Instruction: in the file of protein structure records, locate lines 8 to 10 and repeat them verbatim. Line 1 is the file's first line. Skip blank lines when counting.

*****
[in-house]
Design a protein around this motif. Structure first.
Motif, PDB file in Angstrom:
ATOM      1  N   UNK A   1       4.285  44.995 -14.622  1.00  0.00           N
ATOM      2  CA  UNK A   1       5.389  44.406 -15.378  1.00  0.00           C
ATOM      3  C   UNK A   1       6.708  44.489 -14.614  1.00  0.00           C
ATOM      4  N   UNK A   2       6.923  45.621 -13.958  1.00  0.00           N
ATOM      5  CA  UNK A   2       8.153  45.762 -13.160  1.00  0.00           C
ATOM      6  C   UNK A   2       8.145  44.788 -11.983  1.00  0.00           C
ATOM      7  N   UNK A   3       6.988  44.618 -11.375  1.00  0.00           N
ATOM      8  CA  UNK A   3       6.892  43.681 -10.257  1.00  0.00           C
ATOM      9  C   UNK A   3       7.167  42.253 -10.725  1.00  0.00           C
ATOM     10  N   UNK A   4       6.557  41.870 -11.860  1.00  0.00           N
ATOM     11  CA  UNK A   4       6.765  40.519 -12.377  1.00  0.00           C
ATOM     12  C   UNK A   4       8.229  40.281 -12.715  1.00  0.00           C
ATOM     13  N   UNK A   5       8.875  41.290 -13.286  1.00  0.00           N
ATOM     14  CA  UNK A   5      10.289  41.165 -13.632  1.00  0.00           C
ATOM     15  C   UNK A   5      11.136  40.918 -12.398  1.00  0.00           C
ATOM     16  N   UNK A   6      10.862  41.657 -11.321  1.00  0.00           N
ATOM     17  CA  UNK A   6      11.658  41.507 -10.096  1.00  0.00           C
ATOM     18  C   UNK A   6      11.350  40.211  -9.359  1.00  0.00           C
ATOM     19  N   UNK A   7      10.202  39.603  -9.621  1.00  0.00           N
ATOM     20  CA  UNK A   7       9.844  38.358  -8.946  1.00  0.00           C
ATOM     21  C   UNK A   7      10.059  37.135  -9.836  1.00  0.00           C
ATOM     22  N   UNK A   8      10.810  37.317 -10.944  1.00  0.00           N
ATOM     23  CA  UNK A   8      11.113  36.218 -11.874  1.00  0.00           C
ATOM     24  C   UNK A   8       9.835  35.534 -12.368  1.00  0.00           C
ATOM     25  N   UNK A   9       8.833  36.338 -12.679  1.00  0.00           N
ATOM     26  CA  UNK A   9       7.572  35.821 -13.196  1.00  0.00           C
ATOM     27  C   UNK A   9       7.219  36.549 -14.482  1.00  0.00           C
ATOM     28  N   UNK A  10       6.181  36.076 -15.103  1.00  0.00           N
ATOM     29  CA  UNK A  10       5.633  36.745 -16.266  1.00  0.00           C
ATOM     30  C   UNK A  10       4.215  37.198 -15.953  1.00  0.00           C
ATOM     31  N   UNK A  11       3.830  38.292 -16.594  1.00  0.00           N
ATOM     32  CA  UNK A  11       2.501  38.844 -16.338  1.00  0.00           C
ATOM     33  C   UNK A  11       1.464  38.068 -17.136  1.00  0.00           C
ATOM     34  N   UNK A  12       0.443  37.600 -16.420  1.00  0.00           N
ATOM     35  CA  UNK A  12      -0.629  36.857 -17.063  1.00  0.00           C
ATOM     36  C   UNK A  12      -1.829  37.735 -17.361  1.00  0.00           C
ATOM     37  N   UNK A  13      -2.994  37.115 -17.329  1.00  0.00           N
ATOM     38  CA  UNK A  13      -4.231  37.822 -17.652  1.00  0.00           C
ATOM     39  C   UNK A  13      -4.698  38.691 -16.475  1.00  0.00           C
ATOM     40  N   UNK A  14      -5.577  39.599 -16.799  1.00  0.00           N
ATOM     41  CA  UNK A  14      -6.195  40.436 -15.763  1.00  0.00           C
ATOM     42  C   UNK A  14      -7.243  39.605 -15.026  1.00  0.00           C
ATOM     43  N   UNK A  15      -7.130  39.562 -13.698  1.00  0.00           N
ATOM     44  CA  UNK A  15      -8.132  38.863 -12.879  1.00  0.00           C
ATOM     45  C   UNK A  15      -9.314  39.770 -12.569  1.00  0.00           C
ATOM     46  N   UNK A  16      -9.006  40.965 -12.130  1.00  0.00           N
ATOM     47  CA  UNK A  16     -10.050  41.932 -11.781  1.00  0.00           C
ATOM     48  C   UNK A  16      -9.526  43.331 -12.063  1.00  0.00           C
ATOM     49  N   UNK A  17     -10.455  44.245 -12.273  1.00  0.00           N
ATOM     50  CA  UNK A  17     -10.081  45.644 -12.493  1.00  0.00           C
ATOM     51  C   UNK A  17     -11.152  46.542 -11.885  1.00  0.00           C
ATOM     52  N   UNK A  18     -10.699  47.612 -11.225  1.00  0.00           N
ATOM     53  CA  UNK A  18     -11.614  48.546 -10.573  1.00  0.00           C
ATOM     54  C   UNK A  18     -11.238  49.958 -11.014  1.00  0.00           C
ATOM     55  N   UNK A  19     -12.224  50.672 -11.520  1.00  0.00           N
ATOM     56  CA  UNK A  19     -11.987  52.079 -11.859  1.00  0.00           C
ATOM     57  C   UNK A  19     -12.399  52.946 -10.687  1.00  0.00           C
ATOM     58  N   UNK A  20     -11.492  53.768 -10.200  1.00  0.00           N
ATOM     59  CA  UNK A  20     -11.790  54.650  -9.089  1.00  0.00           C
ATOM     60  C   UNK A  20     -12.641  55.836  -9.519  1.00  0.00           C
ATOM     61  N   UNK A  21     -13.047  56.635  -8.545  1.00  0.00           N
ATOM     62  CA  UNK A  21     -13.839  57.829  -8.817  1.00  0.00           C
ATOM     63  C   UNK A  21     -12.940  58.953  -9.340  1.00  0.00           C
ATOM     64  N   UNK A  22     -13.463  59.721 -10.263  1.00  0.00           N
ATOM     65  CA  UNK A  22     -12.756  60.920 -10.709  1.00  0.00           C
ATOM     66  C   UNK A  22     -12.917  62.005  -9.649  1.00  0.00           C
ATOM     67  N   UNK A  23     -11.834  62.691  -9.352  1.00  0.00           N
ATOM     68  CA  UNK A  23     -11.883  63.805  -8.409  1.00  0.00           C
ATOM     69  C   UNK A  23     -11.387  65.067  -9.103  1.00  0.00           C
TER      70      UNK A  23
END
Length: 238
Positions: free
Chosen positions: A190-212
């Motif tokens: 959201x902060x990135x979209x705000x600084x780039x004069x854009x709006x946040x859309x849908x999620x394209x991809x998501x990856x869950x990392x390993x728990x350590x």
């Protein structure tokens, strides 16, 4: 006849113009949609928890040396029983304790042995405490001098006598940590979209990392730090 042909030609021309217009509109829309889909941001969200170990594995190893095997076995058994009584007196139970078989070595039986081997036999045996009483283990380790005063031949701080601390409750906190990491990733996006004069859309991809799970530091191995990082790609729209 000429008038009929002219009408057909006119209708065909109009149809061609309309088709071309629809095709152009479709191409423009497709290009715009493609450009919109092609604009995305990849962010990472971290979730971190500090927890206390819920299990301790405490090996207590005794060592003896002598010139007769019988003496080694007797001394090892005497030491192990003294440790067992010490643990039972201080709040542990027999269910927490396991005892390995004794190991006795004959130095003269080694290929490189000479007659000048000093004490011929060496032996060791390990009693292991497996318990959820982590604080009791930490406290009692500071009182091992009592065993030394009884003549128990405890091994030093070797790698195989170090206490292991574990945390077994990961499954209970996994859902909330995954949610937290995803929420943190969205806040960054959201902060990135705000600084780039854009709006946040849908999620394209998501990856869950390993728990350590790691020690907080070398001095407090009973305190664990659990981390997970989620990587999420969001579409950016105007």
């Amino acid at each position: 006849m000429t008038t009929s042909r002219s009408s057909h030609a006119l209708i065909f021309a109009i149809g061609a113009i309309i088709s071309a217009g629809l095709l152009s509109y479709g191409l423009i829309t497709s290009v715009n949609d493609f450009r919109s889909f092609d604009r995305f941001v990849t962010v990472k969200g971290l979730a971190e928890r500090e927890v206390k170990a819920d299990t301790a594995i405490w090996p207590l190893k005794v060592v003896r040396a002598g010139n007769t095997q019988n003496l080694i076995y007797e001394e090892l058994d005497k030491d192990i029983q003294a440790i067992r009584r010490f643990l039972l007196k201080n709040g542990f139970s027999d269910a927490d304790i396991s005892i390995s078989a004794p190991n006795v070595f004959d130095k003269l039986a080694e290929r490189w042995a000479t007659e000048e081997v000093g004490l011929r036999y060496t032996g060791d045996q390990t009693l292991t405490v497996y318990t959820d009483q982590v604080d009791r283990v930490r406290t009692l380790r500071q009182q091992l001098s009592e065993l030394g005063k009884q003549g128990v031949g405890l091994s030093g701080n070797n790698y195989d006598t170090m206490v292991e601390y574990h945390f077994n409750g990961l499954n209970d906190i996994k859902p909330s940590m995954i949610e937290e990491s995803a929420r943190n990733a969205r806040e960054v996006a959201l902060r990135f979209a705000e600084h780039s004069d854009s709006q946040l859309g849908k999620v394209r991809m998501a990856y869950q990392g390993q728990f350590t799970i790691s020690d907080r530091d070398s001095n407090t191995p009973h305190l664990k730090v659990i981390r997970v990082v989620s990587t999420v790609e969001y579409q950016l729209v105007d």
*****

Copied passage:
ATOM      5  CA  UNK A   2       8.153  45.762 -13.160  1.00  0.00           C
ATOM      6  C   UNK A   2       8.145  44.788 -11.983  1.00  0.00           C
ATOM      7  N   UNK A   3       6.988  44.618 -11.375  1.00  0.00           N